Section 297(2)(j) of the 1961 Act a notice of demand under Section 156 of that Act could be validly issued in a proceeding for recovery of tax and penalty under the old Act of 1922. Even if this court was of opinion that the respondent-Income-tax Officer was not entitled to issue the impugned notice on the grounds mentioned in the affidavit-in-opposition, the notice and the proceedings thereunder should not be quashed as the court would not issue a writ which would be infructuous as in this case, the Income-tax Officer could issue a fresh notice under the above section' as authorised by Sections 150 and 153(3), Explanation 2. Without prejudice to his objection that the new point raised could not be taken by the respondent, Dr. Pal submitted that had that contention been raised in the pleadings he could have challenged the constitutional validity of the provisions of Section 297(2)(d) as it was in conflict with Section 297(2)(a). The latter sub-section provides that where a return of income had been filed before the commencement of the 1961 Act for any assessment year, proceedings for the assessment of that person for that year might be taken and continued as if this Act had not been passed. The learned counsel pointed out that under Section 2(8) an assessment includes reassessment and as such the reassessment proceedings in this case could have been taken under the old Act, and, consequently, Section 297(2)(d), enabling the Income-tax Officer to issue a notice under Section 148 in the case of an assessee who had filed its return of income before the commencement of the present Act, is in conflict with the provisions of sub-clause (a) and to that extent void. Further, in Section 297(2)(d)(ii), Section 153 is not specifically mentioned and, therefore, the Explanation to that section did not come into play. Learned counsel further submitted that the aforesaid Explanation 2 created a fiction by deeming an assessment to be made in consequence of an order or to give effect to a finding or direction which was not there. But there is no provision that the proceedings under the 1922 Act should be deemed to be proceedings under the new Act. There is, therefore, a case of double deeming which is not permitted. Reliance was placed on the decision of the Supreme Court in the case of Elphinstone Spinning and Weaving Mills Co. Ltd., and Amarchand N. Shroff's case, . It was further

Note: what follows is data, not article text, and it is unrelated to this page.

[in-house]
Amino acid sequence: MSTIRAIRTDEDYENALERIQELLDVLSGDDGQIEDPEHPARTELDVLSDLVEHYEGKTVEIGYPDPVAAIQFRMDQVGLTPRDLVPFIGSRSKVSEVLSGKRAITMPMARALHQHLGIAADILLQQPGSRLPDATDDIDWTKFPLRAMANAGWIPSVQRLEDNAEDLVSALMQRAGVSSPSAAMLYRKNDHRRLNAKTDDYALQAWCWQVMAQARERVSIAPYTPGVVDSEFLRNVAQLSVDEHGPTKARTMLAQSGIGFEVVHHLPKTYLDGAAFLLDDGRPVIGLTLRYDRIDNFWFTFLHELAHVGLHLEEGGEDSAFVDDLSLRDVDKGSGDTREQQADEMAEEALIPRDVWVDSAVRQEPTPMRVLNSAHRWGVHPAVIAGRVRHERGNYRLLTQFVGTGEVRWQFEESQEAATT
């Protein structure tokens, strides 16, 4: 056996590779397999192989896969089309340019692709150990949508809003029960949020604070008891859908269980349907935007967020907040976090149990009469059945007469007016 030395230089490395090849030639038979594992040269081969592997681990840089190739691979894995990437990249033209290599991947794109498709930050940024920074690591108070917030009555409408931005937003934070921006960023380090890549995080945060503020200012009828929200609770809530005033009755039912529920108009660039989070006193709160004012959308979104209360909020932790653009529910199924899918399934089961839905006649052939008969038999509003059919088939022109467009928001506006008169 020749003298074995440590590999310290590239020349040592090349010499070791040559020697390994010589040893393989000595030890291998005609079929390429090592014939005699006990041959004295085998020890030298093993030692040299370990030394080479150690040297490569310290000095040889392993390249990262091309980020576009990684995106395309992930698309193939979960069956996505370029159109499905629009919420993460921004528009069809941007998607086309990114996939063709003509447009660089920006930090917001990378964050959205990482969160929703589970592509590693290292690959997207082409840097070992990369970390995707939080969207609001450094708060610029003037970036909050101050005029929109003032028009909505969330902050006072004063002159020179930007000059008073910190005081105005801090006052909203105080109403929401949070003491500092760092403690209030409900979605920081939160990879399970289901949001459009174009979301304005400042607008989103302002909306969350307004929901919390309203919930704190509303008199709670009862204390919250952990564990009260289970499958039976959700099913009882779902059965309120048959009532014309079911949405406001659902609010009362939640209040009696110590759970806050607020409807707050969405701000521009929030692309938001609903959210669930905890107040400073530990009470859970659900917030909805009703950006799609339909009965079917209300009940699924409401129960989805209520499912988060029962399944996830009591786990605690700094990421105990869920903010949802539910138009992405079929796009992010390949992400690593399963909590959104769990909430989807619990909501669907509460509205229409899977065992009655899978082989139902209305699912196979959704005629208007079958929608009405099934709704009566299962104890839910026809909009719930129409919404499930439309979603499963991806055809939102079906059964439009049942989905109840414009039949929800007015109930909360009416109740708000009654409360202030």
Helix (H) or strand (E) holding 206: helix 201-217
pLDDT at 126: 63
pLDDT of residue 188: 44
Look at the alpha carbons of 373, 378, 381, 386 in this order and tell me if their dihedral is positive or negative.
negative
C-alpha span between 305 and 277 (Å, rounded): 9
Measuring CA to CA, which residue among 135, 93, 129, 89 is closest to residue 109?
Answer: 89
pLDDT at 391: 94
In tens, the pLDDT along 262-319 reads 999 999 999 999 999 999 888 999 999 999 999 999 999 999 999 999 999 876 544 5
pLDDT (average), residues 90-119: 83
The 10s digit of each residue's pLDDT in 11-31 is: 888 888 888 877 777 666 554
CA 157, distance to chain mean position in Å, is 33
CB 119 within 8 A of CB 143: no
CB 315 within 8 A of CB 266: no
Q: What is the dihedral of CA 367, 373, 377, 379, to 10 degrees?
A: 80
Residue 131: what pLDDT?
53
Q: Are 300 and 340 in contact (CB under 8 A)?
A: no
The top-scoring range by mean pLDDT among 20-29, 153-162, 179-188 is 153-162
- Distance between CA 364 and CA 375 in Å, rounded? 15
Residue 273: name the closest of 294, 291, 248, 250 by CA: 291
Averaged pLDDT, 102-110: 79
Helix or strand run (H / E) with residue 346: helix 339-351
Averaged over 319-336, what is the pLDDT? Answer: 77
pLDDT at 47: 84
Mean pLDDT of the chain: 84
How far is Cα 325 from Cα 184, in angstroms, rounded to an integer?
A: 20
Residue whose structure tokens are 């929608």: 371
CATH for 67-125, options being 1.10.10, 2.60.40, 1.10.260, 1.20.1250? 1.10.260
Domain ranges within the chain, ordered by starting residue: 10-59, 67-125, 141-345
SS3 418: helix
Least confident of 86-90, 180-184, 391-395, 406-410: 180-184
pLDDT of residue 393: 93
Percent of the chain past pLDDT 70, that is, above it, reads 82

submitted, by reference to Section 131 of the 1961 Act, that where the legislature intended the provision of the new Act to apply to proceedings under the old Act it was careful to say so expressly and Bhat's case, relied on by Mr. Sen, had no application, as in that case a garnishee order was issued under the new Act and the contention was that unless the assessee was in default no notice under Section 226 was permissible and this was rejected. It is further submitted that the said decision is under Section 297(2)(j) which deals with a procedural matter, namely, recovery of tax. It does not cover a case where jurisdiction is to be assumed on the fulfilment of certain conditions. An interpretation which would tend to nullify a procedural section should not be accepted.
26. These are very substantial questions to be considered on a proper occasion, I think Dr. Pal is justified in his objection to Mr. Sen being allowed to raise the last contention. In any event if Mr. Sen's contention is correct the department would not be prejudiced because the respondent-Income-tax Officer would be justified in issuing a fresh notice under Section 148 in accordance with Sections 150 and 153(3).
27. In the premises the rule must be made absolute. A writ of certiorari would be issued quashing the impugned notice and any proceedings taken thereunder, and also a writ of prohibition forbidding the respondents from giving any effect to or taking any further steps in pursuance of the impugned notice. As I have already stated above, the petitioner is entitled to the costs of this application which should be paid by the respondent No. 1.